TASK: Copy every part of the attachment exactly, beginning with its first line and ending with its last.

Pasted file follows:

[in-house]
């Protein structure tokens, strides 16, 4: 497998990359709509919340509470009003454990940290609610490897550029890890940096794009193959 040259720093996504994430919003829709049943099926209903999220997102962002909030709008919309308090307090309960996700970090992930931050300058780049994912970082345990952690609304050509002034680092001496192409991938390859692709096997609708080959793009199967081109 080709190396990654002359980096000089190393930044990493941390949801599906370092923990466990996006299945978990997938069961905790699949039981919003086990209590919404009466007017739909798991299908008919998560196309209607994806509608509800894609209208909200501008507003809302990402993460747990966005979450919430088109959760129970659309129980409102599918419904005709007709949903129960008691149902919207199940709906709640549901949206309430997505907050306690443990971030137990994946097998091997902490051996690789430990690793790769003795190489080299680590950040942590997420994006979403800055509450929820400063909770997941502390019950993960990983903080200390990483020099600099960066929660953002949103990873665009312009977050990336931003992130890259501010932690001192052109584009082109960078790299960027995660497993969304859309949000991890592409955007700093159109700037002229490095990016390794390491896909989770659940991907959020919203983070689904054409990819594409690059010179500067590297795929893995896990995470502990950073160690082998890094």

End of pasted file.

[in-house]
């Protein structure tokens, strides 16, 4: 497998990359709509919340509470009003454990940290609610490897550029890890940096794009193959 040259720093996504994430919003829709049943099926209903999220997102962002909030709008919309308090307090309960996700970090992930931050300058780049994912970082345990952690609304050509002034680092001496192409991938390859692709096997609708080959793009199967081109 080709190396990654002359980096000089190393930044990493941390949801599906370092923990466990996006299945978990997938069961905790699949039981919003086990209590919404009466007017739909798991299908008919998560196309209607994806509608509800894609209208909200501008507003809302990402993460747990966005979450919430088109959760129970659309129980409102599918419904005709007709949903129960008691149902919207199940709906709640549901949206309430997505907050306690443990971030137990994946097998091997902490051996690789430990690793790769003795190489080299680590950040942590997420994006979403800055509450929820400063909770997941502390019950993960990983903080200390990483020099600099960066929660953002949103990873665009312009977050990336931003992130890259501010932690001192052109584009082109960078790299960027995660497993969304859309949000991890592409955007700093159109700037002229490095990016390794390491896909989770659940991907959020919203983070689904054409990819594409690059010179500067590297795929893995896990995470502990950073160690082998890094």